We had our spring football game Friday night. I finally had the opportunity to get some real world tests with our fancy new PTZOptics 30x camera. I used a combination of tools to run the camera, my custom visual basic app for PTZ control, the PTZOptics app for advanced camera settings, and a xbox controller for quick changes. We had to color correct the camera and adjust brightness quite a bit due to the game taking place during sunset. The plan was to have the cameras automated with our XML link from the scoreboard but we were having trouble with our new scoreboard operator so we had to abandon that idea. We ended up using the football field image with an overlay of preset buttons. To my surprise, this worked much better than I expected. It wasn’t perfect though, this method is only ideal IF you have a view of the entire field and can easily see where to click. Unfortunately, in our trailer, I did not. A wide angle shot from above would fix this, or simply running this from the stands. Another method I didn’t get to test was motion detection. My visual basic app has the ability to take a static wide angle shot and determine where the action is happening and point the cameras to the corresponding area, but I don’t think it would have worked as well as just clicking the general area on the football field.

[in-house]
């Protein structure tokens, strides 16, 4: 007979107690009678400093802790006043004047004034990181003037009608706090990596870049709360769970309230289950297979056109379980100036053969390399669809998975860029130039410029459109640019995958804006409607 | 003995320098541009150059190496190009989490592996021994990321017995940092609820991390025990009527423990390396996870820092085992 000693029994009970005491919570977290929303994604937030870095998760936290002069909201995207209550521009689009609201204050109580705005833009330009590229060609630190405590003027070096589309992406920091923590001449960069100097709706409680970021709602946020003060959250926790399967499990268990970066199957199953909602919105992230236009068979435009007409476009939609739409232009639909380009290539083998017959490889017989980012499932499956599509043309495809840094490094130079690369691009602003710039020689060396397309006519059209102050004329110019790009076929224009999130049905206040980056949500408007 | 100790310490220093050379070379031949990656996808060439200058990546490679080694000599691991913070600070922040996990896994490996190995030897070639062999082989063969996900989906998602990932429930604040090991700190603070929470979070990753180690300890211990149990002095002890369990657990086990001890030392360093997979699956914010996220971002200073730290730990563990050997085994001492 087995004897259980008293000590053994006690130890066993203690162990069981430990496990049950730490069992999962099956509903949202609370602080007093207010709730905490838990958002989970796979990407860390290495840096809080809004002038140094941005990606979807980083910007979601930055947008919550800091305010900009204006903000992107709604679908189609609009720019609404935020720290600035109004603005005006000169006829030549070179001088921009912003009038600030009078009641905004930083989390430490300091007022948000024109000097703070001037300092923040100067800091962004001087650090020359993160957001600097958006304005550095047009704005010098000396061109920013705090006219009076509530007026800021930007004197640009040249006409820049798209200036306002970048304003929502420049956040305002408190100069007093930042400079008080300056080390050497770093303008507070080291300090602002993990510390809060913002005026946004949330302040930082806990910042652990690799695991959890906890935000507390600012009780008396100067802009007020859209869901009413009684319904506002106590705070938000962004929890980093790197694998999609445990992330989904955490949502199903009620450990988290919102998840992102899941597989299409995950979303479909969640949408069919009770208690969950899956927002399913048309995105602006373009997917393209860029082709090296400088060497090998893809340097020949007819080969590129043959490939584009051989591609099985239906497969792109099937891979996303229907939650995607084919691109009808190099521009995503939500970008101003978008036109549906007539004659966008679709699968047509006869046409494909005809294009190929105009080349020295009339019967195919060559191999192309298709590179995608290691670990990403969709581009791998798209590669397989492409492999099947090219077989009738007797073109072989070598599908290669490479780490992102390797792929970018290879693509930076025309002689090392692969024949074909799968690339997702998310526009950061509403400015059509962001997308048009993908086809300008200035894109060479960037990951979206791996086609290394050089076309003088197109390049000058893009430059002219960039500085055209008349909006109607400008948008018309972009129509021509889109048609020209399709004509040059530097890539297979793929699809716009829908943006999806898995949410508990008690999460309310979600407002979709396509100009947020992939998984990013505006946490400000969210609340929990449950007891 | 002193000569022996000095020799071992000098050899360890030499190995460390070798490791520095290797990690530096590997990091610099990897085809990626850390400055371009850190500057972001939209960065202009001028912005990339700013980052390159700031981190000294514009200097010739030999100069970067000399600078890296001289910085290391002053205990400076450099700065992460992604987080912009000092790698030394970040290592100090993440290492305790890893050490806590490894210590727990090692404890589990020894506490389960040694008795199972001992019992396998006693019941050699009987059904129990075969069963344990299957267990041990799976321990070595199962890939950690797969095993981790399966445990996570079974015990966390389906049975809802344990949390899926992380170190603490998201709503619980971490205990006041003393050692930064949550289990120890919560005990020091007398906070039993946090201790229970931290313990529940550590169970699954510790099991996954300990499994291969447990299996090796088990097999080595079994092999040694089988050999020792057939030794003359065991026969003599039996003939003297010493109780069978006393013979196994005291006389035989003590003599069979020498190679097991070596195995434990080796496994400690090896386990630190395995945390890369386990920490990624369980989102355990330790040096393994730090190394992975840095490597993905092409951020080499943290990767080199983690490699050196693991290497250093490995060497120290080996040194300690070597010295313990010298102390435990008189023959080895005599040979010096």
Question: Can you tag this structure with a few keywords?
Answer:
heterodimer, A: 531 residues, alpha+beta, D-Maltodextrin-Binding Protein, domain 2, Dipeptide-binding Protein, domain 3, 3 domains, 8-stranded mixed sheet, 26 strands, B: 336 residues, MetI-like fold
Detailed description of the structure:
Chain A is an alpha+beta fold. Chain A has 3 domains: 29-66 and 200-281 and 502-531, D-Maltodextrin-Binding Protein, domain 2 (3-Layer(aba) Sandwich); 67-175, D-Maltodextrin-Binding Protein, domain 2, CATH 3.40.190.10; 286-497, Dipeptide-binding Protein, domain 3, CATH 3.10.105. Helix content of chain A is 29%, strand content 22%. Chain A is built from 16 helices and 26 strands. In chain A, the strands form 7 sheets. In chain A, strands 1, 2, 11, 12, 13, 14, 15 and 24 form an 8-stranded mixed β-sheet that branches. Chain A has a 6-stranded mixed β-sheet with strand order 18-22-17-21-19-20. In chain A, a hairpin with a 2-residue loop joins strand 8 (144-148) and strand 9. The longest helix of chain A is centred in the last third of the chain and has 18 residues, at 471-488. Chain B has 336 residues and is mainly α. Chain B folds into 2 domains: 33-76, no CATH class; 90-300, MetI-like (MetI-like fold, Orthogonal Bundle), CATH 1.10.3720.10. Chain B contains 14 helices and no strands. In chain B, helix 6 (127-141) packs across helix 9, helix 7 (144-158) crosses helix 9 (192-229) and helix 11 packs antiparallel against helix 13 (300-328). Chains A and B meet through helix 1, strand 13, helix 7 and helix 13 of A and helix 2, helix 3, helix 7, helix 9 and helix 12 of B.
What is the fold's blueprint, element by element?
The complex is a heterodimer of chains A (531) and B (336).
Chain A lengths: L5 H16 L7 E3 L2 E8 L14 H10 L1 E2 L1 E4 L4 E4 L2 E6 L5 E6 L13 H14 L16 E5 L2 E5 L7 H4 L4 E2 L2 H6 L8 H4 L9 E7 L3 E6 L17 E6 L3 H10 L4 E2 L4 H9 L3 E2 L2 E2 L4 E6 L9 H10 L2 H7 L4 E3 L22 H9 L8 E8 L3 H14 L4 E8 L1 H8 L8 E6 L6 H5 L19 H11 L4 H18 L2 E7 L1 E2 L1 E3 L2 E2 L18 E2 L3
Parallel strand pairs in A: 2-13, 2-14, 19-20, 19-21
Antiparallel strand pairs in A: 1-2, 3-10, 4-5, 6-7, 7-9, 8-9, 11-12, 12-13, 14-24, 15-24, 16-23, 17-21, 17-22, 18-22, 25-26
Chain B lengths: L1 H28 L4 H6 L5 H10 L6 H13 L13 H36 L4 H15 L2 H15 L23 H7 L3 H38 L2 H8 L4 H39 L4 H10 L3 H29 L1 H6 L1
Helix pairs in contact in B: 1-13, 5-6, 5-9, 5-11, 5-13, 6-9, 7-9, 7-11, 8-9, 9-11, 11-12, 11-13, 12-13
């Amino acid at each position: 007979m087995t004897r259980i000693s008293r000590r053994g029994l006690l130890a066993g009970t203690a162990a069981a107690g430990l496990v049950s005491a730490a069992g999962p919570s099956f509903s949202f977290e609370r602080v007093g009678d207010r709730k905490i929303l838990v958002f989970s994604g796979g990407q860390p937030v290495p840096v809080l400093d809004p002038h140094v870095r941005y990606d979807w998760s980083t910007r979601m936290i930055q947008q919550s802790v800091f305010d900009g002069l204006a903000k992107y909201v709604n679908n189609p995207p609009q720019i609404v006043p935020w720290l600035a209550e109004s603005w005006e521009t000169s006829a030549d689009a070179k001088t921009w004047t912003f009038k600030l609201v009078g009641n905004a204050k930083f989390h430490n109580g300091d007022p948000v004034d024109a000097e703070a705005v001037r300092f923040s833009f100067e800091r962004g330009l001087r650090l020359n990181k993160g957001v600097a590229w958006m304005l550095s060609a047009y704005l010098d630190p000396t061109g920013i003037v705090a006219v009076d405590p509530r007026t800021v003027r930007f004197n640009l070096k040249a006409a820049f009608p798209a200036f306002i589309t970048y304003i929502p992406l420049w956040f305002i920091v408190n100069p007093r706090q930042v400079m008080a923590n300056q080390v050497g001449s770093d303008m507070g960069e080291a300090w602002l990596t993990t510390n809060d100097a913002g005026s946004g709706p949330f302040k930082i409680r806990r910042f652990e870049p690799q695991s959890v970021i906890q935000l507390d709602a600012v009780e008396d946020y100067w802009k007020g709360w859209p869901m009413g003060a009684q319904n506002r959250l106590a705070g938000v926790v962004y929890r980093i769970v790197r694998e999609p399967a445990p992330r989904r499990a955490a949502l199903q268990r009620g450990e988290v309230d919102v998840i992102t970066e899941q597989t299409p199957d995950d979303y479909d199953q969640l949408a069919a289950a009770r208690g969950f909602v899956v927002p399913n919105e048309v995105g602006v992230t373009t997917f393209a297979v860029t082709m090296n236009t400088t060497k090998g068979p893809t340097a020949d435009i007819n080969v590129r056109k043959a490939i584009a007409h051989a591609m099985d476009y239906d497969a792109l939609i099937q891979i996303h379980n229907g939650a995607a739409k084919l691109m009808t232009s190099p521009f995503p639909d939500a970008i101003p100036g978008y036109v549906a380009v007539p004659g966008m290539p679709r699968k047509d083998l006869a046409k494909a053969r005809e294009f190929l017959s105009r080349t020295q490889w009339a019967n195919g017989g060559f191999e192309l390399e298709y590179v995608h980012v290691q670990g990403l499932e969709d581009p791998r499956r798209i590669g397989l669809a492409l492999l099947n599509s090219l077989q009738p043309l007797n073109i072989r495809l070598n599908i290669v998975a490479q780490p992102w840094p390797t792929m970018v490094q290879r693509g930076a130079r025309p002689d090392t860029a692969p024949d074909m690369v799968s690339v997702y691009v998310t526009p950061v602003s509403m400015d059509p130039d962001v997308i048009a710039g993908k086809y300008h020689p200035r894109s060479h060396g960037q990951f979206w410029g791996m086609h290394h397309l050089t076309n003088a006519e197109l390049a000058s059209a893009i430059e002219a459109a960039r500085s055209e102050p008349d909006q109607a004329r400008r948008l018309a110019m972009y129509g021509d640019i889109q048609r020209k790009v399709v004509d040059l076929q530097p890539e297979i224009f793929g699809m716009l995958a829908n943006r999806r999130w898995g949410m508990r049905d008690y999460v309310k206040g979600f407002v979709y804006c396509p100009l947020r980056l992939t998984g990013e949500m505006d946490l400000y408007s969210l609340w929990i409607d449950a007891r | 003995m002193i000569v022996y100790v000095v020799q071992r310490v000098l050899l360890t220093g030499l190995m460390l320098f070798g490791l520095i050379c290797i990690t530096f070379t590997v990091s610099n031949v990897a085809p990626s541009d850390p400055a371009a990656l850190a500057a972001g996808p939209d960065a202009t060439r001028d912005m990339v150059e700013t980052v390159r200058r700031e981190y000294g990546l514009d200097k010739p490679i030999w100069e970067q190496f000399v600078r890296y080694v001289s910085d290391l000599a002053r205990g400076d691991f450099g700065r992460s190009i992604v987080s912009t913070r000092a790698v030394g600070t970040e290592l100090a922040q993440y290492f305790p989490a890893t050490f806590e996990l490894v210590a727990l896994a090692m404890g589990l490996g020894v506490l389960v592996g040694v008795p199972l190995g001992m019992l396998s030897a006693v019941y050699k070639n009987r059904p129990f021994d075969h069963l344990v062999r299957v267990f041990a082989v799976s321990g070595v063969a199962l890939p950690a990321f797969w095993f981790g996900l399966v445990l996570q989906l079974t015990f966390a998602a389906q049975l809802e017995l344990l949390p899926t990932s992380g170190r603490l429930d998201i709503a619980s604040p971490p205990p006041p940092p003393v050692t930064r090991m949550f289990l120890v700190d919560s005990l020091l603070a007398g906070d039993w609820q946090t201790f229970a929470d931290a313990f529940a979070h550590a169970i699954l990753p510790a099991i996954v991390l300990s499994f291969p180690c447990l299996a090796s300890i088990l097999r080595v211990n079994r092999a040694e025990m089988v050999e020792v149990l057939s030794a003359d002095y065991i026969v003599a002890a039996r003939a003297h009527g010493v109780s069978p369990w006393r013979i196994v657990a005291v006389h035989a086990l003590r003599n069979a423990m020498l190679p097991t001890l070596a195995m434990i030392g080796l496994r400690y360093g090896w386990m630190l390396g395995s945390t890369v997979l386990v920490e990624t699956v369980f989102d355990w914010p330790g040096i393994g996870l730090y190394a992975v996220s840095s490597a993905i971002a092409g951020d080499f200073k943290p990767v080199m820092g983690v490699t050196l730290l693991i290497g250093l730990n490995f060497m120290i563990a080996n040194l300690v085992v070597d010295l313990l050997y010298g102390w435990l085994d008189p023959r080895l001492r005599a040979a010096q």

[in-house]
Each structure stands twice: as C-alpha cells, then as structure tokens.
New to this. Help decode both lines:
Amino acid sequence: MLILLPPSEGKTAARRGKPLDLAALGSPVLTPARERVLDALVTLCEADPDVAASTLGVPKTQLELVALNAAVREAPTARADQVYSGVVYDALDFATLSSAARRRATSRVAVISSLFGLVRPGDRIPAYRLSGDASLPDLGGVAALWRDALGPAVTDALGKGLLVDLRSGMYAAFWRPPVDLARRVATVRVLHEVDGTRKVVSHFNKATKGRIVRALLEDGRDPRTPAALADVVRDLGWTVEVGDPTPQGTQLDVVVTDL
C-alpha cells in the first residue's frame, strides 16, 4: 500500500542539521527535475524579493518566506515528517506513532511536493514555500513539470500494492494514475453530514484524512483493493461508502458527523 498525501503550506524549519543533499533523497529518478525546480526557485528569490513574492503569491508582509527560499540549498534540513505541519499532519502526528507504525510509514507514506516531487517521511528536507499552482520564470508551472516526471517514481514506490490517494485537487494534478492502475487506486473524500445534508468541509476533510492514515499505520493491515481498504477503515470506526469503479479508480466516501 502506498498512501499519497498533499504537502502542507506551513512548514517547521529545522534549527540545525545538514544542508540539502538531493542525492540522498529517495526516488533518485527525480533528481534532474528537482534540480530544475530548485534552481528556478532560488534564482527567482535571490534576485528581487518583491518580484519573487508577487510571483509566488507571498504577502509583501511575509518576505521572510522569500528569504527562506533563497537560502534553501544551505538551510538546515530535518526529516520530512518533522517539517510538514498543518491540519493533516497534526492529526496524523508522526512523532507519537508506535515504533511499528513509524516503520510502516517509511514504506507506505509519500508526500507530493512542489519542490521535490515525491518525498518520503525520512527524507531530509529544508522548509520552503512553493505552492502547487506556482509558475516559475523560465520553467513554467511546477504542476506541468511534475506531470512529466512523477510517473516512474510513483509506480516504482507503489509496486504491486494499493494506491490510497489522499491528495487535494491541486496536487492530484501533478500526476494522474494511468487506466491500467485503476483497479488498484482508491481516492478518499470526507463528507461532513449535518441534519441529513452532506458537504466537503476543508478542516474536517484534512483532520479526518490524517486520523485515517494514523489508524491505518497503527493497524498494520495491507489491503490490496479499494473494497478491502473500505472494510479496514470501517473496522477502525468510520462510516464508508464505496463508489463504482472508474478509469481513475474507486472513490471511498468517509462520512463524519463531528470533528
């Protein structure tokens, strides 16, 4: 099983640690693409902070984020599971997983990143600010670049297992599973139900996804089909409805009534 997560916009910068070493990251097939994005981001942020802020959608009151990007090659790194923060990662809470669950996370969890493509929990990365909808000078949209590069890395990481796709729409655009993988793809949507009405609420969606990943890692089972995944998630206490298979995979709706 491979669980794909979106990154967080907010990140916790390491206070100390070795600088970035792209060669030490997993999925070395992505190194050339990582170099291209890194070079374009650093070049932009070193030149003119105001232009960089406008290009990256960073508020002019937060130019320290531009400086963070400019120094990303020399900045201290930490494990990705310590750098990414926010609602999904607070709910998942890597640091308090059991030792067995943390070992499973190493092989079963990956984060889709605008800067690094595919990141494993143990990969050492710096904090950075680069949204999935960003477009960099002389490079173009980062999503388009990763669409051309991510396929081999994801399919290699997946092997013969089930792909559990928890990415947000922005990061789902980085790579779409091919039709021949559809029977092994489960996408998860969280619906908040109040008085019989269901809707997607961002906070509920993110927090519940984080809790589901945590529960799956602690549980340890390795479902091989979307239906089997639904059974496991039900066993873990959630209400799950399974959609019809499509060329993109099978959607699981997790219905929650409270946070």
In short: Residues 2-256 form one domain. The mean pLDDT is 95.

My original football field design had 36 presets, 12 columns and 3 rows. This allowed me to set presets for the top middle and bottom, every 10 yards. This seemed like a good idea on paper, but in practice it left more to be desired. We set our camera up above the press box at the 50 yard line and because of the camera’s angle, never really needed to use the top or bottom rows of presets. Pair that with the ball always being between the hash marks and there is absolutely no need for top/bottom. The presets were also spaced 10 yards apart and covered the full 120 yards, however the ball will never be spotted in the end zone, so I had 2 presets that would never be used. The goal of this app is not to follow the play, but to have a safe shot that is always ready pre-snap. The camera shot is pretty wide, but 10 yards is a bit of a stretch, especially when the ball is near the mid-field. Basically, what I’m getting at here is that the app could use some more columns and only one row. I’d personally like to get away from the “preset” method and have the app dynamically move a certain number of clicks left/right and up/down with some fancy math. Possibly set boundaries before the game instead of presets. I’m sure I’ll be exploring that in the very near future.
In short, I definitely gained a good bit of info and it’ll go a long way during the off season as we prep for August. We’ve also started a twitter account for TigerVision so we can keep our shenanigans away from the main twitter account. You can follow us @PHSTigerVision